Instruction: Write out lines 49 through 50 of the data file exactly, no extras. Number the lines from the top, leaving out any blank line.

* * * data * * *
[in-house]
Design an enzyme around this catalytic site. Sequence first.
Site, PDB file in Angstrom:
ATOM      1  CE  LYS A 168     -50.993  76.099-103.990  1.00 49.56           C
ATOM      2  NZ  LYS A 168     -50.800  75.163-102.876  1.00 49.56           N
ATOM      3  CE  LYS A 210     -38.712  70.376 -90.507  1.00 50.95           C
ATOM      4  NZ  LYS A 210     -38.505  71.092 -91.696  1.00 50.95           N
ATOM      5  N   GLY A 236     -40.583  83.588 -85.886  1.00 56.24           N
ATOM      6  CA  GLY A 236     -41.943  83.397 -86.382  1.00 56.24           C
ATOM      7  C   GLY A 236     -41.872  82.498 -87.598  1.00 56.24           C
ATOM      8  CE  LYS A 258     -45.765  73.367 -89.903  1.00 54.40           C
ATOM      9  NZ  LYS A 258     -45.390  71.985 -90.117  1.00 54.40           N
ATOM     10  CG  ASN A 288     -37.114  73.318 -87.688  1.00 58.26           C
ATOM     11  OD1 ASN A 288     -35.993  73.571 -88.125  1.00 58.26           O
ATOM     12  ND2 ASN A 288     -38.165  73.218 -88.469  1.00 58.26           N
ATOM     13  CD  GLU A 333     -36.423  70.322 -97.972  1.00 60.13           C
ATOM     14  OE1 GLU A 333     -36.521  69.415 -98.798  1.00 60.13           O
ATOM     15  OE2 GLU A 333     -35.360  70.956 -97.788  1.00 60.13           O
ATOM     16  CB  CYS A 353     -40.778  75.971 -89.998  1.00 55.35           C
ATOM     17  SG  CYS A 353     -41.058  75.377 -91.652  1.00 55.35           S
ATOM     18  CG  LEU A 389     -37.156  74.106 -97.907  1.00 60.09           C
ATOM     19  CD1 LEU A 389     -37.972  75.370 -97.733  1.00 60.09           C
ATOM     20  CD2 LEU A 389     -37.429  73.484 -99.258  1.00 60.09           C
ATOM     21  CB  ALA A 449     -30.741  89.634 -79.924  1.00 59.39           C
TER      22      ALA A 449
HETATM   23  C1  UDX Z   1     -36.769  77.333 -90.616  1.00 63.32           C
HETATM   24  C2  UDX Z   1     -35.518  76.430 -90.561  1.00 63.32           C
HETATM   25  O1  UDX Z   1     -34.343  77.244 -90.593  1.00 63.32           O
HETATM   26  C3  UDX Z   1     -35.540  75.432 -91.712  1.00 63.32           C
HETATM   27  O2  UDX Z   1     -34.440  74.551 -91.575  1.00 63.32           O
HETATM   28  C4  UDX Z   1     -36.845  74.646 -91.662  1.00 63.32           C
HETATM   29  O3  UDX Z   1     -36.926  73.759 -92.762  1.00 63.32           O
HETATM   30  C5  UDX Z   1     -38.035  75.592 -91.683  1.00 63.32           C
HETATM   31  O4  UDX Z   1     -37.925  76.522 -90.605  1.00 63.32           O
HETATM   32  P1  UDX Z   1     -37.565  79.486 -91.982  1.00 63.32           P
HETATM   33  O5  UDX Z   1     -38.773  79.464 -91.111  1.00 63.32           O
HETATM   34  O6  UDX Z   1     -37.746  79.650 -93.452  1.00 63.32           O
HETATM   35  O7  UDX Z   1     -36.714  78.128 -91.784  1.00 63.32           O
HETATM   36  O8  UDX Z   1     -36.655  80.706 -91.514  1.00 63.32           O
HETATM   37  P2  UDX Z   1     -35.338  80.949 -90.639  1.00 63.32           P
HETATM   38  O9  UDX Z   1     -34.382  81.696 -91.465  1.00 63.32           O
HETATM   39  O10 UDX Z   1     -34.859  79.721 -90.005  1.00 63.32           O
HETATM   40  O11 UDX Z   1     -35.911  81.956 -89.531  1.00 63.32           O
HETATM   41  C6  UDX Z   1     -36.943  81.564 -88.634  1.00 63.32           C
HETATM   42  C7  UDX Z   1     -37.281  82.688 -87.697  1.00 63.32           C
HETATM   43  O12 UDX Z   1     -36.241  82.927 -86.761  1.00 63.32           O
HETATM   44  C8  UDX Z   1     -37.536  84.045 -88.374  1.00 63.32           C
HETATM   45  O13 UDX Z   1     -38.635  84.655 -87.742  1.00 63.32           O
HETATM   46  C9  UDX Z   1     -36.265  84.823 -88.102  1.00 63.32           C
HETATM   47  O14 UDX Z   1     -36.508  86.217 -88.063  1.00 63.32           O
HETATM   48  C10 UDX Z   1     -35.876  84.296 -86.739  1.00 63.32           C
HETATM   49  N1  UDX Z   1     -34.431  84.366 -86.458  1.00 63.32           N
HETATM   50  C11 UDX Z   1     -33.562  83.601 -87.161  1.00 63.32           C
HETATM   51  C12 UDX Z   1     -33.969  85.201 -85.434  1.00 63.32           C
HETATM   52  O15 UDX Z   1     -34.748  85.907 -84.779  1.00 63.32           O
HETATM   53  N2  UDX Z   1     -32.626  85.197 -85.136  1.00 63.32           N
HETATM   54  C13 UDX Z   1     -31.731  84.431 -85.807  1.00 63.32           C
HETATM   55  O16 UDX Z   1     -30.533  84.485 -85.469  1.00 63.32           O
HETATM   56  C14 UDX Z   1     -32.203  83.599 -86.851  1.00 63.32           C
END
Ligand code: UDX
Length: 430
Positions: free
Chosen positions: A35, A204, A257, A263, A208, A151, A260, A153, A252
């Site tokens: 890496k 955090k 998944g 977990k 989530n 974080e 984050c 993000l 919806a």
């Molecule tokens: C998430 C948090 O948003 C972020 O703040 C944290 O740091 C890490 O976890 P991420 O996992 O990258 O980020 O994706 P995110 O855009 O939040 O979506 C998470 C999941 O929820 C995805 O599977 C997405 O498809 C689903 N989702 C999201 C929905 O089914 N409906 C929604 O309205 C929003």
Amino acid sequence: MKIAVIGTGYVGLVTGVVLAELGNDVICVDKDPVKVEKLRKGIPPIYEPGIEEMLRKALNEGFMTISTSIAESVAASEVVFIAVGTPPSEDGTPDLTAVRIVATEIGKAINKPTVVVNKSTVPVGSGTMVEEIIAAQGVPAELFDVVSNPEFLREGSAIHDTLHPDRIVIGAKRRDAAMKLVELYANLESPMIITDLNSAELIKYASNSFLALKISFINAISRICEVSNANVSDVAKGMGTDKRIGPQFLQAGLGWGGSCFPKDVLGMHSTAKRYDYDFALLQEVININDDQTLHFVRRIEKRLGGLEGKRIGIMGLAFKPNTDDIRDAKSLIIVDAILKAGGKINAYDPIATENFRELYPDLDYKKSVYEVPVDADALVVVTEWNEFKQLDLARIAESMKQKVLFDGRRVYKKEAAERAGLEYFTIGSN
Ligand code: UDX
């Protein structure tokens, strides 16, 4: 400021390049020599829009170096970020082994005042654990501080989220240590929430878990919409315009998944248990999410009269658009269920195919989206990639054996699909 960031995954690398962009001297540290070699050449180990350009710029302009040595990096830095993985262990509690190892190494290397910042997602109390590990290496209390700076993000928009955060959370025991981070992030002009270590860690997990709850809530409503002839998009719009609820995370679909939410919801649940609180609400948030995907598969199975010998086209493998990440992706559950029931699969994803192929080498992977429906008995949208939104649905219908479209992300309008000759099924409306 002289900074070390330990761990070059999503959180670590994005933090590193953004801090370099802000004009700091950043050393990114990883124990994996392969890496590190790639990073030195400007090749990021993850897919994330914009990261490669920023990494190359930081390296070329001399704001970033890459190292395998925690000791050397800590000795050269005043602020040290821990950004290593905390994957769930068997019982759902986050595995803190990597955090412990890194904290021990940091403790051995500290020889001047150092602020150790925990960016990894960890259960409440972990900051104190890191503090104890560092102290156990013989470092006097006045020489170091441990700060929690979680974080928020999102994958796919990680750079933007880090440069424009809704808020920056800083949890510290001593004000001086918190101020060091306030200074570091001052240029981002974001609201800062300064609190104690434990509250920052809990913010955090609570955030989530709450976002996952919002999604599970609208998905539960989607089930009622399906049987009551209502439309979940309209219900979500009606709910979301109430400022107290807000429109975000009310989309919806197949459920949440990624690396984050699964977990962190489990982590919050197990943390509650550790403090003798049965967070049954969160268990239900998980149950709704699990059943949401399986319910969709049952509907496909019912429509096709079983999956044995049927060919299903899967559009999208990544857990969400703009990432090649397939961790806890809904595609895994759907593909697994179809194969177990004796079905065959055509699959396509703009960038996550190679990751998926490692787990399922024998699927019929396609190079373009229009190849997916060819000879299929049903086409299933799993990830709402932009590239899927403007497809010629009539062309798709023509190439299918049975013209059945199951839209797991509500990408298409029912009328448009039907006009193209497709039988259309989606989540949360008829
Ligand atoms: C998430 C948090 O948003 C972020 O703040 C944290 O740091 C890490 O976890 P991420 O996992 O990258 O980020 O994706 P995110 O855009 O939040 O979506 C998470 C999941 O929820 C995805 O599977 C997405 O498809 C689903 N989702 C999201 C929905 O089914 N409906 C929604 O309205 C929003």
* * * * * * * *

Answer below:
HETATM   46  C9  UDX Z   1     -36.265  84.823 -88.102  1.00 63.32           C
HETATM   47  O14 UDX Z   1     -36.508  86.217 -88.063  1.00 63.32           O